Orb Weaver Spiders: How to Identify and Rid Them

Orb weaver spiders and Common house spiders are directly responsible for many of the Halloween decorations sold yearly. The webs of these two spiders, woven from radial strands and fashioned into spoke wheel-shaped nets as large as three feet in diameter, have become iconic symbols of fear used in thousands of scary movies and book covers.

Orb weaver spider
Argiope pulchella Orb weaver spider

Orb weaver spiders: Description.

Orb weaver spiders come in many sizes and colors, but most are brightly hued and have conspicuously hairy or spiked legs. Orb weavers also have enormous abdomens that overlap (as seen in the photo above) the rear end of their cephalothorax.

The abdomens of orb weaver spiders also vary in texture (smooth or spiny), but most are irregularly shaped.

The color of an orb weaver spider indicates when it will be most active. Brighter-colored orb weavers hunt during the day. Earth-colored (brown and gray) orb weavers hunt primarily at night.

Orb weaver spider
Labyrinthine Orb Weaver Spider on Kennesaw Mountain

The behavior of Orb weaver spider.

Amongst the over 3,000 species of orb weaver spiders, there are various hunting and mating styles.

Most orb weavers spiders spend their day patiently hanging upside down in their webs, waiting for prey to fly or wander into them. These orb weavers remain motionless all day unless the temporarily move off their webs. 

When off its web, an orb weaver spider will find some cover, set up a trip/trap line, and wait for prey to become entangled. 

Unsuitable prey is ignored and allowed to die or cut free from the web and allowed to escape.

Suitable prey is bitten, immobilized, and wrapped for future meals or eaten on the spot.

Some orb weaver spiders are known for tearing down, consuming, and rebuilding or repairing their webs every night.

Orb weaver spiders: Reproduction.

The Orb weaver spider female does not live to see her young hatch from their eggs sac. All those female orb weaver spiders we see in the summer will have laid their last clutch of eggs, wrapped them in an egg sac, and perished during the winter. As soon as spring heats up the egg sacs, the spiderlings will safely emerge and begin the orb weaver spider lifecycle again.

The male orb weaver spider spends his life looking for a ready and willing mate. Because he is constantly off his web (if he ever even erects one), humans rarely see the male. Male orb weaver spiders have one desire and one goal, mating. When they are done, they quickly die.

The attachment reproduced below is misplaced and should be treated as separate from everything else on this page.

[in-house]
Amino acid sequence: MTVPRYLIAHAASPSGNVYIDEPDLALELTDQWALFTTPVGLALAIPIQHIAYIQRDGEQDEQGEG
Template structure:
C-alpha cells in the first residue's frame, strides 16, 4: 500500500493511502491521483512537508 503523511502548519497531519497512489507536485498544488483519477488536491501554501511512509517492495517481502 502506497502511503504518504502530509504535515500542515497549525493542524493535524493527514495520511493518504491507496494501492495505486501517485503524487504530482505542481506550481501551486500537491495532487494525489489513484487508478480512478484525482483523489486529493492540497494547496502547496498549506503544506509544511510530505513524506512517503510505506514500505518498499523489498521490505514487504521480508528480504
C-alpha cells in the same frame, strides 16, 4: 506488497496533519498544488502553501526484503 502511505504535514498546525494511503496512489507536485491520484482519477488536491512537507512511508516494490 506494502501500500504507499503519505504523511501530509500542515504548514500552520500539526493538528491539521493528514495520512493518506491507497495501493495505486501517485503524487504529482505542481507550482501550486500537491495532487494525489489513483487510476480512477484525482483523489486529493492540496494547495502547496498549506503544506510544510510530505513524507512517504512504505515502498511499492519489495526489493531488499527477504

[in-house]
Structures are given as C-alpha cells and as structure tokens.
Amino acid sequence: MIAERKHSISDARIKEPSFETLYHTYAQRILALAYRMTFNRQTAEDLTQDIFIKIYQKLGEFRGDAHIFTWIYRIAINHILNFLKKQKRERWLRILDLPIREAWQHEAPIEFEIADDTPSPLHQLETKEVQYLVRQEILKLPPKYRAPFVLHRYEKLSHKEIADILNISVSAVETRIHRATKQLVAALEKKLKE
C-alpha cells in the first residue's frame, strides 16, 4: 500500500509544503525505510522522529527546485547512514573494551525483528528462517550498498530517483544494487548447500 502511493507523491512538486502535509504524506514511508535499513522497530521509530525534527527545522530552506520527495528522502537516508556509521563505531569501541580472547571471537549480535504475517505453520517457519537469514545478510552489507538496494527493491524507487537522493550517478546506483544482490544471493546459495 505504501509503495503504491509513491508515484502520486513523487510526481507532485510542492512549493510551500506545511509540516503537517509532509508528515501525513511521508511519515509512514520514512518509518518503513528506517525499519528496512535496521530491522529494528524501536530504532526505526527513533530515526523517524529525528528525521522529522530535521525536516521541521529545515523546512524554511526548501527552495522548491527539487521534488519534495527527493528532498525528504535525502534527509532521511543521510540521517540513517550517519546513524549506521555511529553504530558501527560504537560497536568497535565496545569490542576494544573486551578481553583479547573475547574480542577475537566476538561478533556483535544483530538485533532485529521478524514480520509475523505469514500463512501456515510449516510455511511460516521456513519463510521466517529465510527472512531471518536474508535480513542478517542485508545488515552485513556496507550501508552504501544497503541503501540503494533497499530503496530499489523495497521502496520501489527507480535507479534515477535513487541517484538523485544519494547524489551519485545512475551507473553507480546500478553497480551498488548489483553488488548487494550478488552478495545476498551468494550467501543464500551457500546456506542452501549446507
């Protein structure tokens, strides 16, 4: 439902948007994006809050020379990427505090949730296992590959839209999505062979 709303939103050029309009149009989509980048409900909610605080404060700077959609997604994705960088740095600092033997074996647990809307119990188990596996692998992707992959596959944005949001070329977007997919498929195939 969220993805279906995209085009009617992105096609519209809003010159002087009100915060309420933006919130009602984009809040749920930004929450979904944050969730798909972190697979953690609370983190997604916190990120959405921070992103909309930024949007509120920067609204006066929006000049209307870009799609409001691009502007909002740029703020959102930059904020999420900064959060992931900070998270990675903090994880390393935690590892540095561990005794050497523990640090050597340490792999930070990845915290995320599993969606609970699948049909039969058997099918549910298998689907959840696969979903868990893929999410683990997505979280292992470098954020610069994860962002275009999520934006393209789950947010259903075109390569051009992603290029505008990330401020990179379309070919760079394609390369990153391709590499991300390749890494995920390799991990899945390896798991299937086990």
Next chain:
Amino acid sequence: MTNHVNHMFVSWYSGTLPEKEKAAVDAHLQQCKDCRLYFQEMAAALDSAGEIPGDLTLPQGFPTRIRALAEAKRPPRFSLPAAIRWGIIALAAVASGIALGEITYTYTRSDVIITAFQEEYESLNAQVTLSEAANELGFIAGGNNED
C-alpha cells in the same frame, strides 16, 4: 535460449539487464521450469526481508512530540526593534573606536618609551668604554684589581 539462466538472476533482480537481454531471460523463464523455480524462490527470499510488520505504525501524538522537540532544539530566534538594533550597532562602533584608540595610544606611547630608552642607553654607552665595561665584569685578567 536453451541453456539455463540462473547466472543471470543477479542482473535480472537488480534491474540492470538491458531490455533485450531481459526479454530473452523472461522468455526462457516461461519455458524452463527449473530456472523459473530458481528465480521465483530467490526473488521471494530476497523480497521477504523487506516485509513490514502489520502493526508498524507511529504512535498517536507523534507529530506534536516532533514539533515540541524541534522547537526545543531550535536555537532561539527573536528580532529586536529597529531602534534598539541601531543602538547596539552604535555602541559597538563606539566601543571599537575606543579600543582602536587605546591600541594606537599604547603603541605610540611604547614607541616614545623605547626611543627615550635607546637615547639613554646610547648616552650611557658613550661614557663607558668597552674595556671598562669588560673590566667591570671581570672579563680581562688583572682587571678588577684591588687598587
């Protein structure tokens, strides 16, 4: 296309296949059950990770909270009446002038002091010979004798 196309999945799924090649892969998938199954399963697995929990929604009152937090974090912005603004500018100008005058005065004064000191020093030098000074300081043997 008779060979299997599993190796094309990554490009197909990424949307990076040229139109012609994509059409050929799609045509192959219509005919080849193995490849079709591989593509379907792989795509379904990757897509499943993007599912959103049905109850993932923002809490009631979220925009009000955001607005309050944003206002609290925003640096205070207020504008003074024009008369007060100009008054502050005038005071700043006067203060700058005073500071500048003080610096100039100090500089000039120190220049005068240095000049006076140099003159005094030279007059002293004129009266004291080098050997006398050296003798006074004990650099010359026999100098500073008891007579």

Female orb weaver spiders spend their lives waiting for prey in their webs and for that eventual lucky male who will fertilize her eggs. That male, however, may not be lucky enough to survive his mate’s hunger—some males are consumed post-coitus by the females. No matter, the female will die as soon as the first frost arrives.

Orb weaver spiders
Waiting for dinner (Golden Orb Weaver spider – bottom)

Orb weaver spider: Diet.

If it is small enough and can fly, the orb weaver spider will eat it. Moths, flies, wasps, mosquitos, and beetles are common prey. Larger orb weaver spiders will also catch and kill the odd hummingbird or frog.

Are orb weaver spiders dangerous?

Even the larger orb weaver spiders do not cause a bite that is considered medically significant to non-allergic humans.

Orb weaver spiders will try to escape and evade humans and predators alike. However, when forced to, an orb weaver spider will bite. Such bites feel like bee stings and contain about as much venom.

How to get rid of orb weaver spiders.

Good housekeeping and yard maintenance are any spider’s worst nightmare. A clean home and yard prevent most of the spider’s natural prey from taking up residence, thereby making living conditions for the orb weaver spider untenable.

Use a pest-blocking foam to seal up any cracks or holes in your foundation, and repair or replace your door sweeps if needed. You might also consider a spider-controlling product to treat your home and yard.

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Dennis V. Gilmore Jr.

Dennis V. Gilmore Jr. is a former Marine Sergeant and the author of several books, including two on night hunting coyotes and red and gray fox. He has written several hundred articles on predator hunting for ThePredatorHunter.com.

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